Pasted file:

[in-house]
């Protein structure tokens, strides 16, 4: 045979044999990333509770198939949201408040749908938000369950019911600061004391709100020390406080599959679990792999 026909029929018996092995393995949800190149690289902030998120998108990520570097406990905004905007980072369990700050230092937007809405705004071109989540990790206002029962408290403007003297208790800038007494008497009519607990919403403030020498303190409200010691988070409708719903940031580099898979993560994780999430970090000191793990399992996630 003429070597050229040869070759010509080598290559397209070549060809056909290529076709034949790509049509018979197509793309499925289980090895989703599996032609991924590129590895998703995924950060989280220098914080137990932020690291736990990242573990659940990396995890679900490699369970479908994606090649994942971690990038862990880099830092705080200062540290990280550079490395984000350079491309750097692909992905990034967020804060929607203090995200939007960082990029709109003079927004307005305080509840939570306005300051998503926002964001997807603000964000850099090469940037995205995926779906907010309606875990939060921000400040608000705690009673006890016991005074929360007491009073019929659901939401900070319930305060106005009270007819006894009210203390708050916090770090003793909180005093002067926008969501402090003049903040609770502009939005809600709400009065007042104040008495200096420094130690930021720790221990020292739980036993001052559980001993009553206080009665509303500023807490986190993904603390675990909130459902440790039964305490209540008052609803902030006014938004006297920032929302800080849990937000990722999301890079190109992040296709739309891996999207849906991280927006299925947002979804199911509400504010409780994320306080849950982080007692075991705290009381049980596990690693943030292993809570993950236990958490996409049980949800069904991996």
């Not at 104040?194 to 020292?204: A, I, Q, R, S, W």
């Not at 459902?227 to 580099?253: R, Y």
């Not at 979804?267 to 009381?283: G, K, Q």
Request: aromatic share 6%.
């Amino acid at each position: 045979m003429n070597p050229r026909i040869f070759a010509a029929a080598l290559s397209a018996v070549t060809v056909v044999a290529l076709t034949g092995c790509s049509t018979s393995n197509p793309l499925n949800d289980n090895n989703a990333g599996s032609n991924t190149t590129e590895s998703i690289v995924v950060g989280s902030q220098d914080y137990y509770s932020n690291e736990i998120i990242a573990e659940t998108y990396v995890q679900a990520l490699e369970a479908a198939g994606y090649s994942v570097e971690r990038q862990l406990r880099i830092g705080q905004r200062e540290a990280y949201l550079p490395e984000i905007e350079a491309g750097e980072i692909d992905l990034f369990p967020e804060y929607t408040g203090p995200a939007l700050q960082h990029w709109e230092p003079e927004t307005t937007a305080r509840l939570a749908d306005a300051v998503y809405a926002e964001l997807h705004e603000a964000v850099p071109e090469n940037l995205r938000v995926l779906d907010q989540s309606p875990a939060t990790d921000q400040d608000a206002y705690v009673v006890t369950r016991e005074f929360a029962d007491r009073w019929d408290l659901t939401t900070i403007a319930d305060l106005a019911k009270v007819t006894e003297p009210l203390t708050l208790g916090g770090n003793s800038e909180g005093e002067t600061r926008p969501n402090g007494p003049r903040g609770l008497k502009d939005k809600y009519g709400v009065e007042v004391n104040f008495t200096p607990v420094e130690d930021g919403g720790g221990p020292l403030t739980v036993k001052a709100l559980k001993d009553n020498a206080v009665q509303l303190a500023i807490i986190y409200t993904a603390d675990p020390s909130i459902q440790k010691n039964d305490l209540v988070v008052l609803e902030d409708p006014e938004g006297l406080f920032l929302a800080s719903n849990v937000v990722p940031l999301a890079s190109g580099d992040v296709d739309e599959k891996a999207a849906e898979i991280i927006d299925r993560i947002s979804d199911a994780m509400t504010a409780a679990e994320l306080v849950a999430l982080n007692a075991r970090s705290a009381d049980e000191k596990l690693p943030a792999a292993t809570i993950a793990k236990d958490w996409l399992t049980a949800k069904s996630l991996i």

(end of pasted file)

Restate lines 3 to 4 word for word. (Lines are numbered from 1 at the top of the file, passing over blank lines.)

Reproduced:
């Not at 104040?194 to 020292?204: A, I, Q, R, S, W």
């Not at 459902?227 to 580099?253: R, Y």